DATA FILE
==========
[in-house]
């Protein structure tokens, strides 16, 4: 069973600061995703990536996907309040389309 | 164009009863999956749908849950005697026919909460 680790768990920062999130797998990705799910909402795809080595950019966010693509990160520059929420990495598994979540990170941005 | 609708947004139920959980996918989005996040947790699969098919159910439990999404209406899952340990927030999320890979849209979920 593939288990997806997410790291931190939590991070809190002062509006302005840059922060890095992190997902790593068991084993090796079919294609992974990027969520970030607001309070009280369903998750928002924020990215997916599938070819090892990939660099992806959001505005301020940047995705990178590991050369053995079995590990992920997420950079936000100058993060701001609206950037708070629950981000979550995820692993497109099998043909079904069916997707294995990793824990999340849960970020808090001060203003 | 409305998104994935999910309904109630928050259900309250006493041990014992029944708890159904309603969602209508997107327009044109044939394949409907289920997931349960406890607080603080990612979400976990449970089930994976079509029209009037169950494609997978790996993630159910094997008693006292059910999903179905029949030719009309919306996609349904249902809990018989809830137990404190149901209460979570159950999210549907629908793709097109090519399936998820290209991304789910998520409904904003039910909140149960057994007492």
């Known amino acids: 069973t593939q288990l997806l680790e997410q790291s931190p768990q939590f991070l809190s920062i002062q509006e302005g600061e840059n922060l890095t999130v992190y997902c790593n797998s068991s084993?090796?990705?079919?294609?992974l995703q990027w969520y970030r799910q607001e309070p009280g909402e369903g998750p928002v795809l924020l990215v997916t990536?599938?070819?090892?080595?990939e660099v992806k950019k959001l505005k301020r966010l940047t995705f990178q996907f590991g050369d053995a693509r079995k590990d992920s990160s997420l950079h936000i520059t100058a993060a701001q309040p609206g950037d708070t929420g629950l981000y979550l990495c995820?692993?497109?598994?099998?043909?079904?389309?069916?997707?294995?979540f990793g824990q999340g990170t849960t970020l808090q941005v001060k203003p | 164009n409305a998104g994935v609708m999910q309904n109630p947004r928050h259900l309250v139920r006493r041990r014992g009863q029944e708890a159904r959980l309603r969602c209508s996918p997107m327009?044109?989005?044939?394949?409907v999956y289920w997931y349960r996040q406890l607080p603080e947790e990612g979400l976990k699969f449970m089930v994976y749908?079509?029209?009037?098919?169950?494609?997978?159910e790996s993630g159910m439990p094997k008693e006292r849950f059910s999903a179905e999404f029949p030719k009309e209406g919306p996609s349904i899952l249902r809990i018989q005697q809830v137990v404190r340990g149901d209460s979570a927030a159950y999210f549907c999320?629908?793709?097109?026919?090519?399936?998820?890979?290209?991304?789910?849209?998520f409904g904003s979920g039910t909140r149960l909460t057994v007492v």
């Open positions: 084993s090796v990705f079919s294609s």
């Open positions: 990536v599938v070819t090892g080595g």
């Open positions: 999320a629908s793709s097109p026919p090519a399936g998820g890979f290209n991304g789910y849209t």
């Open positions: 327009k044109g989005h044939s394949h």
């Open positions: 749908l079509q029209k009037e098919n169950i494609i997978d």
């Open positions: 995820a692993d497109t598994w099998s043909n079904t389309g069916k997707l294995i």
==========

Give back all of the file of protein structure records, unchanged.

[in-house]
């Protein structure tokens, strides 16, 4: 069973600061995703990536996907309040389309 | 164009009863999956749908849950005697026919909460 680790768990920062999130797998990705799910909402795809080595950019966010693509990160520059929420990495598994979540990170941005 | 609708947004139920959980996918989005996040947790699969098919159910439990999404209406899952340990927030999320890979849209979920 593939288990997806997410790291931190939590991070809190002062509006302005840059922060890095992190997902790593068991084993090796079919294609992974990027969520970030607001309070009280369903998750928002924020990215997916599938070819090892990939660099992806959001505005301020940047995705990178590991050369053995079995590990992920997420950079936000100058993060701001609206950037708070629950981000979550995820692993497109099998043909079904069916997707294995990793824990999340849960970020808090001060203003 | 409305998104994935999910309904109630928050259900309250006493041990014992029944708890159904309603969602209508997107327009044109044939394949409907289920997931349960406890607080603080990612979400976990449970089930994976079509029209009037169950494609997978790996993630159910094997008693006292059910999903179905029949030719009309919306996609349904249902809990018989809830137990404190149901209460979570159950999210549907629908793709097109090519399936998820290209991304789910998520409904904003039910909140149960057994007492």
């Known amino acids: 069973t593939q288990l997806l680790e997410q790291s931190p768990q939590f991070l809190s920062i002062q509006e302005g600061e840059n922060l890095t999130v992190y997902c790593n797998s068991s084993?090796?990705?079919?294609?992974l995703q990027w969520y970030r799910q607001e309070p009280g909402e369903g998750p928002v795809l924020l990215v997916t990536?599938?070819?090892?080595?990939e660099v992806k950019k959001l505005k301020r966010l940047t995705f990178q996907f590991g050369d053995a693509r079995k590990d992920s990160s997420l950079h936000i520059t100058a993060a701001q309040p609206g950037d708070t929420g629950l981000y979550l990495c995820?692993?497109?598994?099998?043909?079904?389309?069916?997707?294995?979540f990793g824990q999340g990170t849960t970020l808090q941005v001060k203003p | 164009n409305a998104g994935v609708m999910q309904n109630p947004r928050h259900l309250v139920r006493r041990r014992g009863q029944e708890a159904r959980l309603r969602c209508s996918p997107m327009?044109?989005?044939?394949?409907v999956y289920w997931y349960r996040q406890l607080p603080e947790e990612g979400l976990k699969f449970m089930v994976y749908?079509?029209?009037?098919?169950?494609?997978?159910e790996s993630g159910m439990p094997k008693e006292r849950f059910s999903a179905e999404f029949p030719k009309e209406g919306p996609s349904i899952l249902r809990i018989q005697q809830v137990v404190r340990g149901d209460s979570a927030a159950y999210f549907c999320?629908?793709?097109?026919?090519?399936?998820?890979?290209?991304?789910?849209?998520f409904g904003s979920g039910t909140r149960l909460t057994v007492v």
């Open positions: 084993s090796v990705f079919s294609s």
């Open positions: 990536v599938v070819t090892g080595g």
């Open positions: 999320a629908s793709s097109p026919p090519a399936g998820g890979f290209n991304g789910y849209t």
């Open positions: 327009k044109g989005h044939s394949h």
């Open positions: 749908l079509q029209k009037e098919n169950i494609i997978d």
């Open positions: 995820a692993d497109t598994w099998s043909n079904t389309g069916k997707l294995i």